Even with state budget, issues loom over local projects
ROCKFORD — Leaders in Springfield finally ended the state’s two-year budget impasse Thursday. But questions still linger as funds for local projects and spending were cut from the final bill.
Democratic leaders overrode Republican Gov. Bruce Rauner’s veto of a spending plan passed at the weekend. The General Assembly had been called into special session by the governor after a regular deadline to pass a budget had lapsed, sending the state into an unprecedented third year with no financial blueprint.
While the budget will assure more than $77 million worth of infrastructure repairs in Rockford is not stopped, other stateline projects will take a hit. One is the Rockford airport’s AAR Maintenance, Repair and Overhaul (MRO) facility.
As The Times first reported in February, funding for the project was already under threat. When dollars for the project were aligned in 2014 and 2015 by airport director Mike Dunn, more than $25 million relied on state funds. Not only was $15 million promised by former Gov. Pat Quinn before he was defeated by Rauner in 2014, but $10 million in federal funds was pegged to the availability of state dollars for the project.
But that initial $15 million never materialized in any budget plan put forth over the last two years.
“I’m confident that the state money will come in when the resources are available,” State Sen. Dave Syverson, R-Rockford, had told The Times in February. “The money will come in.”
Now that the state finally has a spending outline, the MRO isn’t included. That leaves a $25 million dollar funding gap to be paid for by Winnebago County taxpayers.
More than $17 million in loans were obtained by Dunn in what was supposed to be a short-term financing plan to cover funding gaps and complete the project. Another $8 million was secured from the Winnebago County Board in the form of bonds.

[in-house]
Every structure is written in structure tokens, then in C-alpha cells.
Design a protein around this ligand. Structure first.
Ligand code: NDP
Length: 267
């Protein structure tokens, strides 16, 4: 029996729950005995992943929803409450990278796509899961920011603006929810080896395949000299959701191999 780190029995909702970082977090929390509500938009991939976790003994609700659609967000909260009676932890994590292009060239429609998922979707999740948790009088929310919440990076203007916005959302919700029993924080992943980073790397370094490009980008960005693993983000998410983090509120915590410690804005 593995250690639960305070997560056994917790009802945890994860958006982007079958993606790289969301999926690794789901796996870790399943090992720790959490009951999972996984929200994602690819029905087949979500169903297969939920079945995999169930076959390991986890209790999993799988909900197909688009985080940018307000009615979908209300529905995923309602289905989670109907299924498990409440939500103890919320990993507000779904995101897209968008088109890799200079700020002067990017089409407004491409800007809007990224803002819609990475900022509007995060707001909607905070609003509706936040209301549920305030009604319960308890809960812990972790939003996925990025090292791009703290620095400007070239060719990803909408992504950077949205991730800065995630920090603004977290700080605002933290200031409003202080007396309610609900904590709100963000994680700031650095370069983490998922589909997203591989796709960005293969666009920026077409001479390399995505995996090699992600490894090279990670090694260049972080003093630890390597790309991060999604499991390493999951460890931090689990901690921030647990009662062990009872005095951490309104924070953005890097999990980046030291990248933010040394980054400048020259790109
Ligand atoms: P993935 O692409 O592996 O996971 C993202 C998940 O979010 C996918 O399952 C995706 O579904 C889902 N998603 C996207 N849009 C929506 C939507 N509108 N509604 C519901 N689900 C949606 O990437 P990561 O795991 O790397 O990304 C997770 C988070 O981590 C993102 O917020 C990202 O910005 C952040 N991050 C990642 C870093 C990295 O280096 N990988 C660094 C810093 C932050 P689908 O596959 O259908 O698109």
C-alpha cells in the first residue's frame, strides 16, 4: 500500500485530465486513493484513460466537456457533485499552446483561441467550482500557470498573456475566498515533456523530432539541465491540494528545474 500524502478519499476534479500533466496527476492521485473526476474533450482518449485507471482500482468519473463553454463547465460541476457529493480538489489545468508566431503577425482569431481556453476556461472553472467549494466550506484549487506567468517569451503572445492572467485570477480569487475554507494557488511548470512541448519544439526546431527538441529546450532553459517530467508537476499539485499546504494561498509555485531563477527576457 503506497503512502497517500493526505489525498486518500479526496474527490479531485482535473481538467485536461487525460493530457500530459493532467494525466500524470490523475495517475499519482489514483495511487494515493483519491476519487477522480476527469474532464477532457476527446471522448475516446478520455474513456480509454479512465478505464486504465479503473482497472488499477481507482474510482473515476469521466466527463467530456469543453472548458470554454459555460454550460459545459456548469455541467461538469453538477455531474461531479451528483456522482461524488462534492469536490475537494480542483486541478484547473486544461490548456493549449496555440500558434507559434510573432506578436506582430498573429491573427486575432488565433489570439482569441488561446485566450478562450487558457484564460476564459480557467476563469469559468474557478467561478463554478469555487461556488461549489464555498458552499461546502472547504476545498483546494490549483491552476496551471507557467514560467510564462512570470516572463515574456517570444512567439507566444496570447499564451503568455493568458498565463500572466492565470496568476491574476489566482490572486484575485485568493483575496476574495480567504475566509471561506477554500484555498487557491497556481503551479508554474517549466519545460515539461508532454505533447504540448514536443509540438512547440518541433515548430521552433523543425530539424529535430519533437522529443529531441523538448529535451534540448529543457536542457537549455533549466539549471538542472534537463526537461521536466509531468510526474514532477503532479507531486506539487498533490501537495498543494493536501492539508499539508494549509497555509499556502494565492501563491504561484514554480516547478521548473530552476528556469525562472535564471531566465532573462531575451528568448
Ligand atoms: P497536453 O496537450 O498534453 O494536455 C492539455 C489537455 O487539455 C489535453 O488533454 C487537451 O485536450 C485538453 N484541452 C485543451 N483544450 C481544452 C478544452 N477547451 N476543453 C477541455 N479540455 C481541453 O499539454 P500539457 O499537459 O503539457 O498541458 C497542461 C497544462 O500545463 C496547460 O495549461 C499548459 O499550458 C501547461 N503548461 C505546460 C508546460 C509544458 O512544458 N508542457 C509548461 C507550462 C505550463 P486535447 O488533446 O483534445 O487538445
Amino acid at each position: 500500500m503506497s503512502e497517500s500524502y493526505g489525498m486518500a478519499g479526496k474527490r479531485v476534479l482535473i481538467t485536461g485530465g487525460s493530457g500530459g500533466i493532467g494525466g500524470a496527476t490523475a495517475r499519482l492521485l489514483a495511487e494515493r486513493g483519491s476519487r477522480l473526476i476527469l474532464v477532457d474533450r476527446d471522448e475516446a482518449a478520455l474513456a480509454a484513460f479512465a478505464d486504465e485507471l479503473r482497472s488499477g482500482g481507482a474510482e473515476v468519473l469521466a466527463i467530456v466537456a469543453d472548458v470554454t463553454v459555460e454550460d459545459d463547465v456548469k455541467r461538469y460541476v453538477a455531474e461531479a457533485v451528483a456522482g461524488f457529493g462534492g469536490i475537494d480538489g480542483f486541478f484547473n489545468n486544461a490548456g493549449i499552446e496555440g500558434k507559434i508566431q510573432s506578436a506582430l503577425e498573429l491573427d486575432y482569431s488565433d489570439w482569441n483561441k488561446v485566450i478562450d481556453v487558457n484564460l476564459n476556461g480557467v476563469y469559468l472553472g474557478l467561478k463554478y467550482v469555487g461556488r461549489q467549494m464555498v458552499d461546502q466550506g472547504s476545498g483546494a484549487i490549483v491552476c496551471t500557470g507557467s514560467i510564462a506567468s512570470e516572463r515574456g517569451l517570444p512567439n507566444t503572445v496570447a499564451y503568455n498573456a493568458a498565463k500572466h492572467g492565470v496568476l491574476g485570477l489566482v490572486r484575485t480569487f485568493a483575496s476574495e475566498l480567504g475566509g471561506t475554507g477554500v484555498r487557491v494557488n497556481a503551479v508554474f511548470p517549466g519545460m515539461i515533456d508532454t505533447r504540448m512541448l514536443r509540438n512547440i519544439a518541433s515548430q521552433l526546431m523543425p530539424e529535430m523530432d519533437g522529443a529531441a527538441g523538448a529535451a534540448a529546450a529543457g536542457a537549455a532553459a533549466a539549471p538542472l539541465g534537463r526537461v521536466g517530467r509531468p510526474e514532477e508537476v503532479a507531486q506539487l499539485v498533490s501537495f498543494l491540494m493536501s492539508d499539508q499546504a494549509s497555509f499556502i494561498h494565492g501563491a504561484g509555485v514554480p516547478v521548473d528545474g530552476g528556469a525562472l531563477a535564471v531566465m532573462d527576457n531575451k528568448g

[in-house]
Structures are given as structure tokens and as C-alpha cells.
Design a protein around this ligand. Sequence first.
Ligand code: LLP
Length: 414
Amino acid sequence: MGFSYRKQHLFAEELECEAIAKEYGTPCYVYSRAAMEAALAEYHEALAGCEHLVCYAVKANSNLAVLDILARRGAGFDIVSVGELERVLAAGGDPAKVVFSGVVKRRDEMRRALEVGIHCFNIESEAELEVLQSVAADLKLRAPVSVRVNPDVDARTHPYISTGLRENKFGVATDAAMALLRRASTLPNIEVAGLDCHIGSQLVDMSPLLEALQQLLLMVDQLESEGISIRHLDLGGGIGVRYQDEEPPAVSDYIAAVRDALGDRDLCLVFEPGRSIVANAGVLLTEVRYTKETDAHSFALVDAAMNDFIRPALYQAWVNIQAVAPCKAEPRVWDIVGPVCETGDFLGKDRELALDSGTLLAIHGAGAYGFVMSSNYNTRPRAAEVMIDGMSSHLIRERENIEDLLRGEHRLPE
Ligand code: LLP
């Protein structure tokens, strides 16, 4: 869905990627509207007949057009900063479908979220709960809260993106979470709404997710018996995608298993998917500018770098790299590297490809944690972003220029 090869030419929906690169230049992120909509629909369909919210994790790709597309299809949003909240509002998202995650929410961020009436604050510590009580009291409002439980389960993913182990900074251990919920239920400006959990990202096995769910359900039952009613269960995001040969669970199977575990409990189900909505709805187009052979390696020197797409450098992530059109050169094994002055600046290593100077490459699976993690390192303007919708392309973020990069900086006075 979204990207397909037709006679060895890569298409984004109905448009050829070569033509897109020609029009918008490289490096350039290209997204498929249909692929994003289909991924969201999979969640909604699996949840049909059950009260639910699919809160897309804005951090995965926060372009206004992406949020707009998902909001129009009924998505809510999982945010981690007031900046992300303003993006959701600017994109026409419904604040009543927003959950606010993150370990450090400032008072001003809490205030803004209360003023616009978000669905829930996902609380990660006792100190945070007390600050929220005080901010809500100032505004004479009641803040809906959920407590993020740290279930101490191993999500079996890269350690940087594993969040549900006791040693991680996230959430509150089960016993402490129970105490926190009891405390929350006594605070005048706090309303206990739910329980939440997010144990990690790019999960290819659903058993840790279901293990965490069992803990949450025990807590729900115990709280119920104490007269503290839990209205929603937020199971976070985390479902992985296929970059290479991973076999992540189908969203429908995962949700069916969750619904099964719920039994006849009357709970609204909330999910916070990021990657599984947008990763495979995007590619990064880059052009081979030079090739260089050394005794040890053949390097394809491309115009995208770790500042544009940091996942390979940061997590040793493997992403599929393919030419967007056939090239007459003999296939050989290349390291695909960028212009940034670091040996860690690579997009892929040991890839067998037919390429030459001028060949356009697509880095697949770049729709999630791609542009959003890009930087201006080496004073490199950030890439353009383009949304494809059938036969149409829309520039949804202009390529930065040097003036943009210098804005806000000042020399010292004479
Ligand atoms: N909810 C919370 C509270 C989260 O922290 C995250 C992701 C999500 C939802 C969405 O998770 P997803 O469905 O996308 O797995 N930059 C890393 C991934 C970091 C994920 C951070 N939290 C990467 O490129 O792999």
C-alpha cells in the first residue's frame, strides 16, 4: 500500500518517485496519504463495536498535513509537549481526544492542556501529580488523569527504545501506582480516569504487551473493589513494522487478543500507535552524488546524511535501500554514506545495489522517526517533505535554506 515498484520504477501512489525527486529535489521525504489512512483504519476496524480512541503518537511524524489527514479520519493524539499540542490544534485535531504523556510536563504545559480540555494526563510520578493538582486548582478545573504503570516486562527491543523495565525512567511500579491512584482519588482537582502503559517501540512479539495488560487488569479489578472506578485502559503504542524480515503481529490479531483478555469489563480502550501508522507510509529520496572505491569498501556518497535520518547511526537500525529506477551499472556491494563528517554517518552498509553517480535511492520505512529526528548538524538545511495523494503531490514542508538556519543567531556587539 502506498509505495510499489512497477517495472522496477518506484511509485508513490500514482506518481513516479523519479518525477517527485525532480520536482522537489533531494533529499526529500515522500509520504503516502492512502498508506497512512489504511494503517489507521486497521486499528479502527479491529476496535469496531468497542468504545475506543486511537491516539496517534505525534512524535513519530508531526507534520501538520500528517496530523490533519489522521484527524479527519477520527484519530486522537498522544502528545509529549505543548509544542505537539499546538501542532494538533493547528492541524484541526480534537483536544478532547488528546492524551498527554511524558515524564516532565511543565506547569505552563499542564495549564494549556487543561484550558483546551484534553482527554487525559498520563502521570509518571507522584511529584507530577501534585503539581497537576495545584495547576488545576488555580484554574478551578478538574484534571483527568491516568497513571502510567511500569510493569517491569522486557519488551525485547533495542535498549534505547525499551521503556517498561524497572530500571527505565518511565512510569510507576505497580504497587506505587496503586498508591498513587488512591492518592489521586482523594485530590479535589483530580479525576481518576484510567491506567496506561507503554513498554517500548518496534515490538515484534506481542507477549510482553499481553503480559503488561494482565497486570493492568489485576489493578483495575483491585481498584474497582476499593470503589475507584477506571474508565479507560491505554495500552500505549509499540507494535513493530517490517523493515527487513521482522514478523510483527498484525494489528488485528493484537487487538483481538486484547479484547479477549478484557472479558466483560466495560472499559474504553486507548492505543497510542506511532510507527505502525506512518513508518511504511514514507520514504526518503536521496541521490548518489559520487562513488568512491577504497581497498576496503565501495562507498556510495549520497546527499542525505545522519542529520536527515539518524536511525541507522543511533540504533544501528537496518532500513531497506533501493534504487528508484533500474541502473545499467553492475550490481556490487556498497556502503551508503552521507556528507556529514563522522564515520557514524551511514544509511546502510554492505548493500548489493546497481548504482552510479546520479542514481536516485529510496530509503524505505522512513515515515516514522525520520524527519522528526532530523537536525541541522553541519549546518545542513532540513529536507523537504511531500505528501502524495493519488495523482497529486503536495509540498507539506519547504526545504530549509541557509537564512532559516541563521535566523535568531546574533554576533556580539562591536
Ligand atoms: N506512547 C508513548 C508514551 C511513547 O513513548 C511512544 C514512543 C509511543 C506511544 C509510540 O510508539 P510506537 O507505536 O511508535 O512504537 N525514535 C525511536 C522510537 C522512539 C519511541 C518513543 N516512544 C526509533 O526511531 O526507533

Repayments will now be covered by tax increases from the county and the airport authority. Lawmakers would have to approve a special appropriation outside the budget process to stem tax hikes for area residents.
• Another provision in the budget will see funds sent back to communities from Springfield slashed. The Local Government Distributive Fund, which redirects general funds back to cities and towns, will see a 10 percent hit in its payouts.
That means $1.5 million less for the City of Rockford alone. The city is facing a $5 million deficit for the current fiscal year.
Mayor Tom McNamara Thursday said he wasn’t sure where the city could recoup those dollars, but he shared his enthusiasm at seeing major construction projects on North Main Street and Harrison Avenue continue. Those projects rely on local, state and federal funds.
McNamara added that the budget passage allayed fears over the recently approved roadworks at Mercyhealth’s new Riverside Boulevard hospital.
Some lawmakers had sought a 25 percent cut to the local fund as recently as May, but those plans were shelved in the final spending package. R.